Dr Kirsten Tripplett writes, “It’s a long leap conceptually to make, but if one accepts a premise that ‘language’ isn’t just spoken, and that knowledge is transmitted...
Dr Kirsten Tripplett writes, “It’s a long leap conceptually to make, but if one accepts a premise that ‘language’ isn’t just spoken, and that knowledge is transmitted through actions and lifeways, then loss of biological species and their exploitation to serve human interests, is a critical loss, too, for the same reasons as those cited above...”
[Jairus] Grove has similar worries: “Irreversible catastrophic changes are certain but extinction is unlikely. What we stand to lose as a species in this current apocalypse of homogenization is unimaginable, not because of the loss of life but because of the loss of difference. Who and what will be left on Earth to inspire and ally with us in our creative advance is uncertain. If the future is dominated by those who seek to establish the survival of the human species at all costs through technological mastery then whatever ‘we’ manages to persist will likely live on or near a mean and lonely planet.”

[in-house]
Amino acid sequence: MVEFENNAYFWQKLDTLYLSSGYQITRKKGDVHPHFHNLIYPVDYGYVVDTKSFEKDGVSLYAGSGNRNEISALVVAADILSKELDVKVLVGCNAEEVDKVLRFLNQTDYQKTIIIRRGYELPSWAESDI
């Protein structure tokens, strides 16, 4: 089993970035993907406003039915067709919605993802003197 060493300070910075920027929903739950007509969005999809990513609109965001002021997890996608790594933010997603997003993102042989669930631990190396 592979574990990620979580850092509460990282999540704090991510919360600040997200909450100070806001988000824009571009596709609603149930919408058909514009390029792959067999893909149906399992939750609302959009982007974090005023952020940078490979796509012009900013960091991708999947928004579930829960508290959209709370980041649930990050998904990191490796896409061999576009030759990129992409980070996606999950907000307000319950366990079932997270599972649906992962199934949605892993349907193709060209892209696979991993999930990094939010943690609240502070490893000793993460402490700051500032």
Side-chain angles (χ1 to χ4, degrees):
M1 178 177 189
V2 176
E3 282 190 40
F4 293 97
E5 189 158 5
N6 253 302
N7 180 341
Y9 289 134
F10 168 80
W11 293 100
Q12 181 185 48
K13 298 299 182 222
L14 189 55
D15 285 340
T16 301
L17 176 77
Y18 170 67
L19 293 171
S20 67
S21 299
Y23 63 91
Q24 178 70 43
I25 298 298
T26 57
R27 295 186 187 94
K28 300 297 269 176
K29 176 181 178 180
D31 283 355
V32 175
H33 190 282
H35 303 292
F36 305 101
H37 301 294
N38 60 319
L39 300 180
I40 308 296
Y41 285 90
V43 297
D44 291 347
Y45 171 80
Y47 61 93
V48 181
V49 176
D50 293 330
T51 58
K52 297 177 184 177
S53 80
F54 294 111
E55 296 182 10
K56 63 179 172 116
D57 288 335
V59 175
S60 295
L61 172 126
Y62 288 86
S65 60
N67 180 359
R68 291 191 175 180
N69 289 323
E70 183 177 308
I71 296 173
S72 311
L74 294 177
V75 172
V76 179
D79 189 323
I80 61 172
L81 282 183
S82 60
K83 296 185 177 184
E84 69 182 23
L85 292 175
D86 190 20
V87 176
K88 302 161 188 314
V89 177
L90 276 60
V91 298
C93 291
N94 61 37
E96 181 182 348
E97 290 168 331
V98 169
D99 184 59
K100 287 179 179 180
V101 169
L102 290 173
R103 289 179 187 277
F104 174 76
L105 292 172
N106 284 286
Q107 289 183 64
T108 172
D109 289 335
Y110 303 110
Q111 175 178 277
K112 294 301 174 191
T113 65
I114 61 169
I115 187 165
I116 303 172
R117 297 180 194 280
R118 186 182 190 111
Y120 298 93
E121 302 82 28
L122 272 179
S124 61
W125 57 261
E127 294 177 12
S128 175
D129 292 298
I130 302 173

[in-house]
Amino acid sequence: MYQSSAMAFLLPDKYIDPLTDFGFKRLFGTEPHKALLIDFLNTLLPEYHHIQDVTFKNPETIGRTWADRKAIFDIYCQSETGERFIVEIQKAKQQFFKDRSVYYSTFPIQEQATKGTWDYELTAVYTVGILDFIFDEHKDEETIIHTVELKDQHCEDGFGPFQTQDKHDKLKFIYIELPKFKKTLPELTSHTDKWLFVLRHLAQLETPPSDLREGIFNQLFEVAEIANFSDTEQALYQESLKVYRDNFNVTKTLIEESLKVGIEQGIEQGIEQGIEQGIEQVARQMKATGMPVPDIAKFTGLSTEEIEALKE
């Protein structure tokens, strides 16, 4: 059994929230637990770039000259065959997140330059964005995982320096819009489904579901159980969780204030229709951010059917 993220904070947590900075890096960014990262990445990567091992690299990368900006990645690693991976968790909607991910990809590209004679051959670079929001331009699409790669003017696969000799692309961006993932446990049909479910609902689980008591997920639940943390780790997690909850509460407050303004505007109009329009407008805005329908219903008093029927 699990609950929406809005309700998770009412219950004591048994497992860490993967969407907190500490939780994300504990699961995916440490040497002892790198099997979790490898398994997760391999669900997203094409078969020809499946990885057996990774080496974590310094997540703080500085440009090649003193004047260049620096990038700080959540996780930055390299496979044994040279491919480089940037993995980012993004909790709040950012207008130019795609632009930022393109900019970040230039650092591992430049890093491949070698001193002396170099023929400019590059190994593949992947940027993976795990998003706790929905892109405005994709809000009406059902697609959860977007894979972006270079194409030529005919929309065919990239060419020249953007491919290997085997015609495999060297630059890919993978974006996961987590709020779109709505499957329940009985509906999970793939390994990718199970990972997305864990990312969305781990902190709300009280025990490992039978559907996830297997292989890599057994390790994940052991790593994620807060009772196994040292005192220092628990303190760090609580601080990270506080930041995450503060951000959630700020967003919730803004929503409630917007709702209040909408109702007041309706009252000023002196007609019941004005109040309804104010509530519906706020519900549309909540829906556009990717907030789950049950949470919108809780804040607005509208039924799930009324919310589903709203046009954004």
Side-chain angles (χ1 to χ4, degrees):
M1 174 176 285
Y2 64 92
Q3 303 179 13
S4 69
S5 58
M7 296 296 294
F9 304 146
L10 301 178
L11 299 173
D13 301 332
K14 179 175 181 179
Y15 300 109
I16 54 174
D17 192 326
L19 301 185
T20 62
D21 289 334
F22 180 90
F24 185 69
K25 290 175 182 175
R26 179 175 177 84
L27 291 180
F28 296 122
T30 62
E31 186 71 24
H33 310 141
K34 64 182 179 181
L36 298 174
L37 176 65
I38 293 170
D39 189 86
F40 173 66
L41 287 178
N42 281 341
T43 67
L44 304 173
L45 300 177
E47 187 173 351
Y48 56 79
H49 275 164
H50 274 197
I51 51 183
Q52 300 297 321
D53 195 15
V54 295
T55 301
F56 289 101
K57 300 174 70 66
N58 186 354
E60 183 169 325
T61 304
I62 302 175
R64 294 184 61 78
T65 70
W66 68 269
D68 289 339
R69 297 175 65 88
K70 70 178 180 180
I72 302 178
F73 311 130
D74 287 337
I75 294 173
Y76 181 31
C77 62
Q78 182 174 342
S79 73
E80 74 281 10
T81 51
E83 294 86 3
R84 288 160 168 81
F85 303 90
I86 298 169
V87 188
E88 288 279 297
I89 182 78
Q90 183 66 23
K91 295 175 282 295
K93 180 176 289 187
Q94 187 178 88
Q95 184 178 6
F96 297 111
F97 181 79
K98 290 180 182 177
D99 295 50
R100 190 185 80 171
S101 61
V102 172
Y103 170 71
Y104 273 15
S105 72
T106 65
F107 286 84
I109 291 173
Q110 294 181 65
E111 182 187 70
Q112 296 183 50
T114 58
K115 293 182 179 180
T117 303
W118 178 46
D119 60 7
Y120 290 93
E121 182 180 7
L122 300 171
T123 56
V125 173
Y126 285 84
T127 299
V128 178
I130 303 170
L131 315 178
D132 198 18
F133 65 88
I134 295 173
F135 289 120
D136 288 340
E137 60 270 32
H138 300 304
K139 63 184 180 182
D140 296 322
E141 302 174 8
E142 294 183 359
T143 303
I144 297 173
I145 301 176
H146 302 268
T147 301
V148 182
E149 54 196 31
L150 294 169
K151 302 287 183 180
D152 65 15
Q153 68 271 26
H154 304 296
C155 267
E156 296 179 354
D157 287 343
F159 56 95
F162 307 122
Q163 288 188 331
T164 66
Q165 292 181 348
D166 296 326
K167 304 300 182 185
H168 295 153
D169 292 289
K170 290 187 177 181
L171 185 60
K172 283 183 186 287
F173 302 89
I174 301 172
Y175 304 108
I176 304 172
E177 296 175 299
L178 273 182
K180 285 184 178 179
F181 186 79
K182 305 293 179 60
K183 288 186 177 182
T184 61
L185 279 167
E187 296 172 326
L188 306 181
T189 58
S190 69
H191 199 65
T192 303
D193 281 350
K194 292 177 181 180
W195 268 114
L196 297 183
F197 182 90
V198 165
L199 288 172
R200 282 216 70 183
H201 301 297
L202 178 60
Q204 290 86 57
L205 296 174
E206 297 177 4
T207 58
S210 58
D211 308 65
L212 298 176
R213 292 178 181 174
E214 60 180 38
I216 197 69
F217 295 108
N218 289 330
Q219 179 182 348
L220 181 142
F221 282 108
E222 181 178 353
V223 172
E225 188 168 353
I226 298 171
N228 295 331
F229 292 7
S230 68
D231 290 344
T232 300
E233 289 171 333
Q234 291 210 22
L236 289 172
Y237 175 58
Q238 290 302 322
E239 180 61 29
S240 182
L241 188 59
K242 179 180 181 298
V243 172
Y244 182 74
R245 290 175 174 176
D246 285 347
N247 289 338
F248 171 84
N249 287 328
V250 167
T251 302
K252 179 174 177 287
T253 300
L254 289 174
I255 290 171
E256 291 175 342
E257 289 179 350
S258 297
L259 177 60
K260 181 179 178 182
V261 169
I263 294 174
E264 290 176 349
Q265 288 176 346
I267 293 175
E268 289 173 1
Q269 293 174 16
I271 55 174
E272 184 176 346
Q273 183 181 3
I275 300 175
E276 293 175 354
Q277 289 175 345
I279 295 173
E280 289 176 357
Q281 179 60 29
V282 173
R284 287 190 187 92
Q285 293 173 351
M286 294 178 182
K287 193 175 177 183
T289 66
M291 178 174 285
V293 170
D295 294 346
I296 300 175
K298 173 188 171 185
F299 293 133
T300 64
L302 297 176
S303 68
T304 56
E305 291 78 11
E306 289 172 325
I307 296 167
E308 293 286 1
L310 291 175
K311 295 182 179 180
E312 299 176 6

Why this loss of cultural diversity? There is first the reductionist tendency to treat cultural diversity and biodiversity as separate issues rather than as continuously interacting. Zanon further quotes Jordi Bascompte: “We can’t ignore this network now and think only about the plants or only about the culture … We humans are very good at homogenizing culture and nature so that nature seems to be more or less the same everywhere.”
This homogenization process includes reduction of human labor to cogs in a corporate machine, to cookie cutter development to the planned obsolescence and corporate-dominated consumer culture. Most important is a neoliberal financial system fostering increasing wealth gaps within and among nations. In this context it is especially important to preserve alternative ways of being in the world and their origins and history. Despite efforts to homogenize many indigenous cultures some retain their vitality. But their survival will depend on bottom-up activism and rules, laws, and practices negotiated across race, ethnicity, religion, and class.
As Subhankar Banerjee argues, saving elephants in different states presents complex problems. More broadly biodiversity conservation is contextual. What works for one place and in a particular culture may not work for another place and in another culture. This is not, however, cultural relativism. Biodiversity advocates value most those cultures that seek space for difference and for a politics that celebrates that end.
Excerpted: ‘Our Health Depends onIndigenous Botanical Knowledge and Plants That Are Rapidly Being Destroyed’Commondream.org